Ryōko television watch
Ryoko watches TV

VSO

Welsh

mae dwy ferch gyda fi
V S O
be two girl with I
I have two daughters

Cebuano

adúna siyáy duhá ka anák
V S O
have she two COUNT child
she has two children

Irish

phóg an madra
PAST-V S O
-ed kiss he the dog
he kissed the dog

VOS

Malagasy

manana akondra aho
V O S
have banana I
I have a banana

Tzotzil

lá snákan ti vĩnike yu'un ti xpétule
PAST V THEME AGENS S
-ed seat man Peter
Peter seated the man

OSV

Apurinã

anana nota apa
O S V
pineapple I fetch
I fetch a pineapple

Amharic

shay yït'at'all
O S-V
tea he-drinking
he's drinking the tea

Yanomami

rorõ ya kona taarema
O S INC V
cigarette I see
I see a cigarette

OVS

Hixkaryana

toto yonoye kana
O V S
the fish ate the man
the man ate the fish

Xavante

ma wĩrĩ ni
PAST O-V S
-ed him kill someone
someone killed him

So what?

Wonderful, but where does that leave us? Well, from the above Irish example, some of you may have already guessed that Gaelic falls into the select category of VSO languages. And it's quite strict about that - which is lucky for us.

Practically speaking, this means that no matter what bits come in between, the verb comes before the subject, and the subject before the object. Let's look at a few examples:

bidh
V
mi
S
ag ithe ùbhlan
O (technically a predicate)
a-màireach, a bhalaich
blabla
chunnaic
V
mo mhàthair
S

O
aig an doras
O/Predicate
bhiodh
V
m' athair
S
ag obair air càraichean
O/Predicate
nuair a bha mi òg
blabla

So, why did I say "quite strict"? Because there's a select group of particles that can come before the verb: interrogative particles, past tense markers, negative particles, and others. Here's a list of particles which can commonly come before the verb and a few examples:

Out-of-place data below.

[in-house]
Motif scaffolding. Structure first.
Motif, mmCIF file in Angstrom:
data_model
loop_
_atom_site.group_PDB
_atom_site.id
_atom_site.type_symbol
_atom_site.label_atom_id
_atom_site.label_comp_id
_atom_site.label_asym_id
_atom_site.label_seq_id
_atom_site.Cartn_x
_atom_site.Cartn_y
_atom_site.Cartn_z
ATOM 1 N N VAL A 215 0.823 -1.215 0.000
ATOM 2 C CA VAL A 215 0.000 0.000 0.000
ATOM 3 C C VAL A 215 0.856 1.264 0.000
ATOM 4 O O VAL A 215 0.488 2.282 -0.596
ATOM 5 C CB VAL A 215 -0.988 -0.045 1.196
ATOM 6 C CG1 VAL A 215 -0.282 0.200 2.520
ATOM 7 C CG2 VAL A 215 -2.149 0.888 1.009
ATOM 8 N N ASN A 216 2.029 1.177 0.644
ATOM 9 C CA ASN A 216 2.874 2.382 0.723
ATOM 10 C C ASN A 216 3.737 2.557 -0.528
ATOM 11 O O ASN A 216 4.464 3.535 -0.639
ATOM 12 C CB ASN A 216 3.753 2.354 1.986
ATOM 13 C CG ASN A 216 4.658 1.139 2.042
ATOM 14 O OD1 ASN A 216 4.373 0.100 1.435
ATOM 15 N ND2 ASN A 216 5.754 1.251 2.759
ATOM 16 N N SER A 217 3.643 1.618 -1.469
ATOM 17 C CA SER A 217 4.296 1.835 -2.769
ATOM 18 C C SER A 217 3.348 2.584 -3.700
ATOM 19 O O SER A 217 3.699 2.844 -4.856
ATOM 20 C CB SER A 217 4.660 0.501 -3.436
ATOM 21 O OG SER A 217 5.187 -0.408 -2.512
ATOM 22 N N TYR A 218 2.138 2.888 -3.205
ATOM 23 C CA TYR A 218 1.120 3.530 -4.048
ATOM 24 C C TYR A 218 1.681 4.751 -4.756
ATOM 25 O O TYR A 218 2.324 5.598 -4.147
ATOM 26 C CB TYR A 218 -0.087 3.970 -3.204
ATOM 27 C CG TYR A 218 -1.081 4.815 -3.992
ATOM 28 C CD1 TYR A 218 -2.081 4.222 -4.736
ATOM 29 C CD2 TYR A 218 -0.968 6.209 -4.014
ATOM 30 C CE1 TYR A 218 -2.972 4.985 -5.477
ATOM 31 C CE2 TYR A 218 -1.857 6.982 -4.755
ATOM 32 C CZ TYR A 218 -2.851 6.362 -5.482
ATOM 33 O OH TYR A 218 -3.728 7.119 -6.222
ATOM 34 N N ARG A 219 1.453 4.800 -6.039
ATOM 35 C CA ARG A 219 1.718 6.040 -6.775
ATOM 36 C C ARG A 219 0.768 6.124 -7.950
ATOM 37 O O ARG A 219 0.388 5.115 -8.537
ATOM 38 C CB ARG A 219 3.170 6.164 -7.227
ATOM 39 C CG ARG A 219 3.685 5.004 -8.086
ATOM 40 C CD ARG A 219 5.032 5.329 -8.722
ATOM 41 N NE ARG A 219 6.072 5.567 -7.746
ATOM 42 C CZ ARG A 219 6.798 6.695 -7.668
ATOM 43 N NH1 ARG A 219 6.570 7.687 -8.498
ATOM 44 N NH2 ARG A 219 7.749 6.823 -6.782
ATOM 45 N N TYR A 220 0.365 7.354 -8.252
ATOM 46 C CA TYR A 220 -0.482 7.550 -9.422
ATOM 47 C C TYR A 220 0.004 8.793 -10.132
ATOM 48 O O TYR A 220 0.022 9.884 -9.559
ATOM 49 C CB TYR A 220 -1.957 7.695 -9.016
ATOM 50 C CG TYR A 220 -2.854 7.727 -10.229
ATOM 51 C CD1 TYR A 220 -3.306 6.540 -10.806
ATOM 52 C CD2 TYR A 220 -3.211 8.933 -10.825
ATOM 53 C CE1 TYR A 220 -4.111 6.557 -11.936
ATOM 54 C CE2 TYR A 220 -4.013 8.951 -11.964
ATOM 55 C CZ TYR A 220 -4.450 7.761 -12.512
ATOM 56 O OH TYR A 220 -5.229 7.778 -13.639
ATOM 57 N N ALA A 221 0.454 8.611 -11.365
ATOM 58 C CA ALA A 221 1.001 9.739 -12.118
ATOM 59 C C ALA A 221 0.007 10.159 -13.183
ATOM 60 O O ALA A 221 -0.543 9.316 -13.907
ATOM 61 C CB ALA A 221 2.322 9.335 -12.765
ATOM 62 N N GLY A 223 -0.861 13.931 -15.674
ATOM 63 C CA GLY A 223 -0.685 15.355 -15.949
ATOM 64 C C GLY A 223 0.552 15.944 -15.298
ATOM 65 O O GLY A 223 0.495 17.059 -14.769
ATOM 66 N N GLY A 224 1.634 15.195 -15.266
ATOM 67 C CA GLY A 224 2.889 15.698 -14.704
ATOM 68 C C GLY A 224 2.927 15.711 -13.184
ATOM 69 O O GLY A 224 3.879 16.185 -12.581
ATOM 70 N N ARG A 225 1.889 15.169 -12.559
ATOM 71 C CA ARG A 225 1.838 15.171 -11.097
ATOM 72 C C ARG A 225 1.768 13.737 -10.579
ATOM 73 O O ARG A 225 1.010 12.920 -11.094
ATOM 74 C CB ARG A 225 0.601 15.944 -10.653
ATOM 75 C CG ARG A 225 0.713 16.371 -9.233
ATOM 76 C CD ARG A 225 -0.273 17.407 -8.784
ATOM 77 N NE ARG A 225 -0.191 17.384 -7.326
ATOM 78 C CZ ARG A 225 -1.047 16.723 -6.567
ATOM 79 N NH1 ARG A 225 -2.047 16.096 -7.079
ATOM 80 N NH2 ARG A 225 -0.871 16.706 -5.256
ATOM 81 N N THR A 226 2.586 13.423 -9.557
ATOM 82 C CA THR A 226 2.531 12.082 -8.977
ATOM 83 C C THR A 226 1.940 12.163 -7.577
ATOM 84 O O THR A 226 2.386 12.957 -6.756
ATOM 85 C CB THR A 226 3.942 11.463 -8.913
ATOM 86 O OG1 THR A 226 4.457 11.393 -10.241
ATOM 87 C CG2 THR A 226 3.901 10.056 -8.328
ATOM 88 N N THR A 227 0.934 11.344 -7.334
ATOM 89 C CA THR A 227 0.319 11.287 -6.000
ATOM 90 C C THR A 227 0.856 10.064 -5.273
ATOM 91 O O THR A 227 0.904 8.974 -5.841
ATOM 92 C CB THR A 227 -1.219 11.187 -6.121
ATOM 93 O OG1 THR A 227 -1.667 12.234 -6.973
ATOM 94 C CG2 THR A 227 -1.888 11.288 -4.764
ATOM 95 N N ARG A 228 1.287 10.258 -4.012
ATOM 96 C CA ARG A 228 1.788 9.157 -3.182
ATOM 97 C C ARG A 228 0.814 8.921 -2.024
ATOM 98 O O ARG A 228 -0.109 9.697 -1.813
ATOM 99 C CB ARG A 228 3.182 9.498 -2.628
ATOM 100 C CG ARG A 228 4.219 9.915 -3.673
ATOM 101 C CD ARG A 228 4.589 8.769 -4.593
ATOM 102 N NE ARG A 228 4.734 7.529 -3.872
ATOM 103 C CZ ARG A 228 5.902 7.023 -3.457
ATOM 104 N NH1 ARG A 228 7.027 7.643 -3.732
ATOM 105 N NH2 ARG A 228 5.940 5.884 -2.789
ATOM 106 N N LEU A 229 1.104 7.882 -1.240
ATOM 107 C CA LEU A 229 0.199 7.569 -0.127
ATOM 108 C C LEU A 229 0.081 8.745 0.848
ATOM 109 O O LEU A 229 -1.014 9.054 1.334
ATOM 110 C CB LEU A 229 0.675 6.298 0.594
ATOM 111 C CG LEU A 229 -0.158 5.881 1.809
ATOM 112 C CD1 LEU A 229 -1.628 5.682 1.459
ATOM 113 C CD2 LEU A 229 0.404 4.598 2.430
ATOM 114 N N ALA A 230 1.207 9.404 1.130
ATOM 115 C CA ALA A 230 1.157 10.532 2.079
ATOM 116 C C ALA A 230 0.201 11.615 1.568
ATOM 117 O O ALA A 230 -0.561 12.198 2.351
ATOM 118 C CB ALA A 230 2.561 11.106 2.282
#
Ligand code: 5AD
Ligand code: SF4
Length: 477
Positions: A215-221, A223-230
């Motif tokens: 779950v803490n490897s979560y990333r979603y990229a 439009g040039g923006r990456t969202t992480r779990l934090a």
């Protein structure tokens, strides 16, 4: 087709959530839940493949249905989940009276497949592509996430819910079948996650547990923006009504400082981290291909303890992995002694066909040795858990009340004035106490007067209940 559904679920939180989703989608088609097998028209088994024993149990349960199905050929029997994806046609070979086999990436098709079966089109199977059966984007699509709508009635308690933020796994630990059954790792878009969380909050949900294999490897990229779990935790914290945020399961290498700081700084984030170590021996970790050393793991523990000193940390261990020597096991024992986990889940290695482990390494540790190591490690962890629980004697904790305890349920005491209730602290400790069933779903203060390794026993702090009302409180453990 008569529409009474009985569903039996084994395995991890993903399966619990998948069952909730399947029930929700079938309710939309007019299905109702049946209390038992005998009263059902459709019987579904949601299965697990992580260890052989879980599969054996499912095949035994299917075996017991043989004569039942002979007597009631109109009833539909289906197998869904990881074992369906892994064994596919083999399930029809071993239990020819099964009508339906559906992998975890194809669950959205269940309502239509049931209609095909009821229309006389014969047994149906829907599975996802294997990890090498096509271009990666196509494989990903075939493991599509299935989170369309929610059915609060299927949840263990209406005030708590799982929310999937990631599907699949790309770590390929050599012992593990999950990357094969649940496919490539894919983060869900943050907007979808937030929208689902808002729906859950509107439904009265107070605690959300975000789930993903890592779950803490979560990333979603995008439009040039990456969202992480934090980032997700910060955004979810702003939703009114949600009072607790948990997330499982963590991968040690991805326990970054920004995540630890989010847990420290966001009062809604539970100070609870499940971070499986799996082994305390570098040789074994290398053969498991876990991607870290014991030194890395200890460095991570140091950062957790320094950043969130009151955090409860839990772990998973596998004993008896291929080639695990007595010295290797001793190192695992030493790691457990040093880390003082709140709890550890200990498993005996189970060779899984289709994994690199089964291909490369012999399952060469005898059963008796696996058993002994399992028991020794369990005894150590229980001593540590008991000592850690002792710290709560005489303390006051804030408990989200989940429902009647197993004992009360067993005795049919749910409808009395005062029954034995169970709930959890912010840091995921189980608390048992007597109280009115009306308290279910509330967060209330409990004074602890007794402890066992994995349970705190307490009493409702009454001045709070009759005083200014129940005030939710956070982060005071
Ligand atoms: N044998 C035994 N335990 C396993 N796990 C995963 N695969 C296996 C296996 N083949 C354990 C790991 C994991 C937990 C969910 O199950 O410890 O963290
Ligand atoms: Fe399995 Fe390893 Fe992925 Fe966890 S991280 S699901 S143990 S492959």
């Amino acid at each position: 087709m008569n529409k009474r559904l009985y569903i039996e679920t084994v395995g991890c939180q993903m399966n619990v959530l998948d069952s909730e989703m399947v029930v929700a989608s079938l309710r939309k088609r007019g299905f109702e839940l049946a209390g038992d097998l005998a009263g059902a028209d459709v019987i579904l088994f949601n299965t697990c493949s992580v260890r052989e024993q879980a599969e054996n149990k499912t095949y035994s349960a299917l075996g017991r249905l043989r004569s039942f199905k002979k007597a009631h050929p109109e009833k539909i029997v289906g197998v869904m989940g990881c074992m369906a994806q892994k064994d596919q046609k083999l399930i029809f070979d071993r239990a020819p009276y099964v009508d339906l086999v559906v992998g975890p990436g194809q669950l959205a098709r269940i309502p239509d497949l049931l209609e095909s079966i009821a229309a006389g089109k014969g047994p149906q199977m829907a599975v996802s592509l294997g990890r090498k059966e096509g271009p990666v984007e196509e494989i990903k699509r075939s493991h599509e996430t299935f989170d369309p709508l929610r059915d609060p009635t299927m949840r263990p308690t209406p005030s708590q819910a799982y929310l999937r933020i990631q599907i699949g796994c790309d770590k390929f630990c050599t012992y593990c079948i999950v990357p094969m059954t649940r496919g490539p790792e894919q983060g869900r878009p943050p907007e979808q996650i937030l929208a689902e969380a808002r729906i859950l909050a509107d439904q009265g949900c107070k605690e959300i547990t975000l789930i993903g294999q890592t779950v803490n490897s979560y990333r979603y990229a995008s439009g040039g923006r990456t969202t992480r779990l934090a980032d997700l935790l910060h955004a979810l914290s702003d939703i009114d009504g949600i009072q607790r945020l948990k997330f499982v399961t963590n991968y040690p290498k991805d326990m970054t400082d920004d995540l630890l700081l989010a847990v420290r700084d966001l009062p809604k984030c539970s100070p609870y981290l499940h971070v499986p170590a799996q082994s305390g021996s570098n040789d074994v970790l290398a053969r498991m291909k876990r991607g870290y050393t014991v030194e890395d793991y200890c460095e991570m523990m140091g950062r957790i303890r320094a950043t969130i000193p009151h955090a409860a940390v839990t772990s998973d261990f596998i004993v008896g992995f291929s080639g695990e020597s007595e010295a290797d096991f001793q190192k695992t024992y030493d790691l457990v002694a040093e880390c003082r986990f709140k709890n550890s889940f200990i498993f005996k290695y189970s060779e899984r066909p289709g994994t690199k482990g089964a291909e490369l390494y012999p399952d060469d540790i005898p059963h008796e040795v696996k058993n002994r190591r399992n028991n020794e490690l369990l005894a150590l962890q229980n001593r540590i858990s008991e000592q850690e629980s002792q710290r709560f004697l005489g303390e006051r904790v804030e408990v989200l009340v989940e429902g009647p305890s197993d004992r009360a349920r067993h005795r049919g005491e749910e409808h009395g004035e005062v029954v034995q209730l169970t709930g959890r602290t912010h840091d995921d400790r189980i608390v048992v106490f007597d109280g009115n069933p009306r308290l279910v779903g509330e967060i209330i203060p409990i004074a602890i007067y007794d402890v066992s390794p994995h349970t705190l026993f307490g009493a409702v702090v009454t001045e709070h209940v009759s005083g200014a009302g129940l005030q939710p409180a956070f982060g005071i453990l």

Pre-verbial particle
Sentence Initial
Example
An? An deach thu?
Nach? Nach deach thu?
Cha(n) Cha tuig thu
Có? Có tha seo?
Càit? Càit a bheil thu?
Cuin? Cuin a thig thu?
Carson? Carson a thig thu?
Ma Ma thig thu, gheibh thu aran.
Nan Nan rachadh tu ann, gheibheadh tu aran.
(Gu) dé? Dé tha seo?
Dh' Dh'fhàg mi.
Pre-verbial particle
Phrase Initial
Example
... far an... An t-àite far an robh mi.
... nuair a... Bha mi 'nam chadal nuair a thàinig e.
... gun... Chuala mi gun robh thu ann.
... carson a... Chuala mi carson a bha thu ann.
... a... Chunnaic mi an duine a bha ann.
... ma... Chì sinn thu ma thig thu.
... nan... Bhiodh tu gòradh nan digeadh tu ann.
... do... Cha do dh'fhàg mi an taigh.

Some of these phrase intial pre-verbial particles can surface in tandem, with a/an, or alone, without a/an. However, in some cases, the pairing is obligatory, as is the case with far an which only surfaces as far an. Particles which end in a vowel and which take the relative particle a regularly swallow up the a if they're next to each other. Some examples: